Tonight I rectified history, lived a dream and experienced a miracle.
Two years ago I lit the menorah and felt lonely. I prayed for a child to hold, a child who would gaze at the dancing flames and listen to her father recite the blessings. A few weeks later I learned that I was expecting twins. By Chanukah, I thought, I would have not one, but two babies to witness the lighting of the candles, two Jewish children to represent the miracle of Chanukah, in which the Jews triumphed over persecution. It is especially poignant here, in Germany.
My husband and I moved to Germany to educate the thousands of Russian immigrants who grew up ignorant of their history and heritage. And here, in the ground floor window on a German street, we lit a menorah to prove that Hitler has not won. As I lit, I hoped that people would pass and see us, see the flames and realize that the Jews are an eternal people, the people of G-d. As the night wore on and the flame grew smaller, I added oil to the cups, to lengthen their life and their message.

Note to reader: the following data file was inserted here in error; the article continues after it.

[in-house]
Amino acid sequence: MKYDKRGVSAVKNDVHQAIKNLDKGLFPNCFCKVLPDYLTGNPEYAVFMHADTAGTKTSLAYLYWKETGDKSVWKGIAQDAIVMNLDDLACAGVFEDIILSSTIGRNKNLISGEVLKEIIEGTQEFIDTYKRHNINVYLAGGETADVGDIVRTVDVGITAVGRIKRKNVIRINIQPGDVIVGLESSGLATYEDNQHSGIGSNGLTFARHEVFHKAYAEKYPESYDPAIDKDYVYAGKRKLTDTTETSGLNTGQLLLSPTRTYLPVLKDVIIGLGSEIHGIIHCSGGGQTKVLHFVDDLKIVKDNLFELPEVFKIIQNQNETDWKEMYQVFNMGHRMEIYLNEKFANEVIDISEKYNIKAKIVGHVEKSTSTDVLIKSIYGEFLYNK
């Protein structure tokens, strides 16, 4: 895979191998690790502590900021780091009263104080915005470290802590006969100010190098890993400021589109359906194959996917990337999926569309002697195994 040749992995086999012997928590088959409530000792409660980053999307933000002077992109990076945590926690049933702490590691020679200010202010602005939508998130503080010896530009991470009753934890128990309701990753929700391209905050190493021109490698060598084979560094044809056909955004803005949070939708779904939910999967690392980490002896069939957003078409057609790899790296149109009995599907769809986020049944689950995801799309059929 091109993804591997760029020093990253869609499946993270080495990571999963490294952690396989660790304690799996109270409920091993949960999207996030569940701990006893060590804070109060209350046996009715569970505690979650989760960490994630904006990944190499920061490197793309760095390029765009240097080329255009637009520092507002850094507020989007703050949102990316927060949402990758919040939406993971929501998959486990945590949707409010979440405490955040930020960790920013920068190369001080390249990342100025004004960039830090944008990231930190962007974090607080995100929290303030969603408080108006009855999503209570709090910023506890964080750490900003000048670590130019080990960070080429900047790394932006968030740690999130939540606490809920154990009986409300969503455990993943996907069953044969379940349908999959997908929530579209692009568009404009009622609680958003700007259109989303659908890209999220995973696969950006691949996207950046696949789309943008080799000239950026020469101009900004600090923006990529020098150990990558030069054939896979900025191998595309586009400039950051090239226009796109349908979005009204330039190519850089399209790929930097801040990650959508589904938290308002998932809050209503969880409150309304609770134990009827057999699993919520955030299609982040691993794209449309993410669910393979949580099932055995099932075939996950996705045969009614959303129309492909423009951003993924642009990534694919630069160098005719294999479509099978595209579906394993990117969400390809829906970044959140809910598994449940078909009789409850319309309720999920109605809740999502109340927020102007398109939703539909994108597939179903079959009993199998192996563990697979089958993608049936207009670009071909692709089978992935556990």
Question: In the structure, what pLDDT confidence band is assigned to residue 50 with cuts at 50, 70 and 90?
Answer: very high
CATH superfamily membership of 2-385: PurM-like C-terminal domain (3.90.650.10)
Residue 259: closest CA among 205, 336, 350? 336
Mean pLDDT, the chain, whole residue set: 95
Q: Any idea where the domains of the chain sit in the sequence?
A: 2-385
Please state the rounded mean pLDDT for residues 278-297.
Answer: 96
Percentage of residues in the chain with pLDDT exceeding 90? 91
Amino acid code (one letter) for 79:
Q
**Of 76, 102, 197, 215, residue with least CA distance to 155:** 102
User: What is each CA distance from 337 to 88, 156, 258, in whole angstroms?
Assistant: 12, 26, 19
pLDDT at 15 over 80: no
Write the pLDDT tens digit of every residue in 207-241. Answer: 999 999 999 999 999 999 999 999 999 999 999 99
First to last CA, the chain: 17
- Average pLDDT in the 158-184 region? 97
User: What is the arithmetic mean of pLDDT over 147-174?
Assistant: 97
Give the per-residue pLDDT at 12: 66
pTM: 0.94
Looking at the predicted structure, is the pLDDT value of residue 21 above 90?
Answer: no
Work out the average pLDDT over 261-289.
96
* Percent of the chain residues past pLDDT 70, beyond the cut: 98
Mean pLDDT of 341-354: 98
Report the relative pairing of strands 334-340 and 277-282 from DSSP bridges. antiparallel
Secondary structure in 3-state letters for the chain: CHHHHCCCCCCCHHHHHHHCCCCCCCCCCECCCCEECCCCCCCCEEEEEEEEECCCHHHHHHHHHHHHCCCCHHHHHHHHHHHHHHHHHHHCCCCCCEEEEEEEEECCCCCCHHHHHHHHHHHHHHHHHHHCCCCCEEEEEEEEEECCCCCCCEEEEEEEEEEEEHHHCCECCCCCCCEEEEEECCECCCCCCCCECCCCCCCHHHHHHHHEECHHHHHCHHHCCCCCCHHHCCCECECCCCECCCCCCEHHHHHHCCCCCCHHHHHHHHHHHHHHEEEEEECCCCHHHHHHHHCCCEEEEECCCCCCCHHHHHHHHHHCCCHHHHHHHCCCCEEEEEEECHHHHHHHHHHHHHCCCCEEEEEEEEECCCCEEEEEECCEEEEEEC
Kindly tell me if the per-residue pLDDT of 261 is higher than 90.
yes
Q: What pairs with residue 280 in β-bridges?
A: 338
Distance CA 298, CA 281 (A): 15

But I wanted more. I wanted the passers-by to see not only a menorah, not only evidence of Jewish presence; I wanted them to see a Jewish child in the arms of its parents, I wanted them to see evidence of Jewish continuity.
By next Chanukah, I thought, I would have this triumph. But G-d decided it wasn’t time. I lost my unborn babies, lost them in a foreign city, away from home, where I was one of many, where no one understood what they meant to me, what they meant to the Jewish people.
At the next Chanukah, our hands were empty, but our hopes were great — I was expecting a child. And my darling was born — exactly a year to the day since my first babies left me. My first babies slipped through my fingers, through the aching hole in my heart. But a year later I held my daughter in my arms, and my heart was full.
Tonight, I held her as her father lit the menorah in the German night. She watched intently as he lit the wicks, and she listened quietly as he said the three blessings and I slowly pronounced, “Amen.”
And then, when my husband completed the last brachah, thanking G-d for giving us life and bringing us to the joy of this day, my little girl, not yet one year old, stared into the flame and said clearly, “Amen.”
Whether or not there was someone passing underneath our window to bear witness, the Jewish people have triumphed.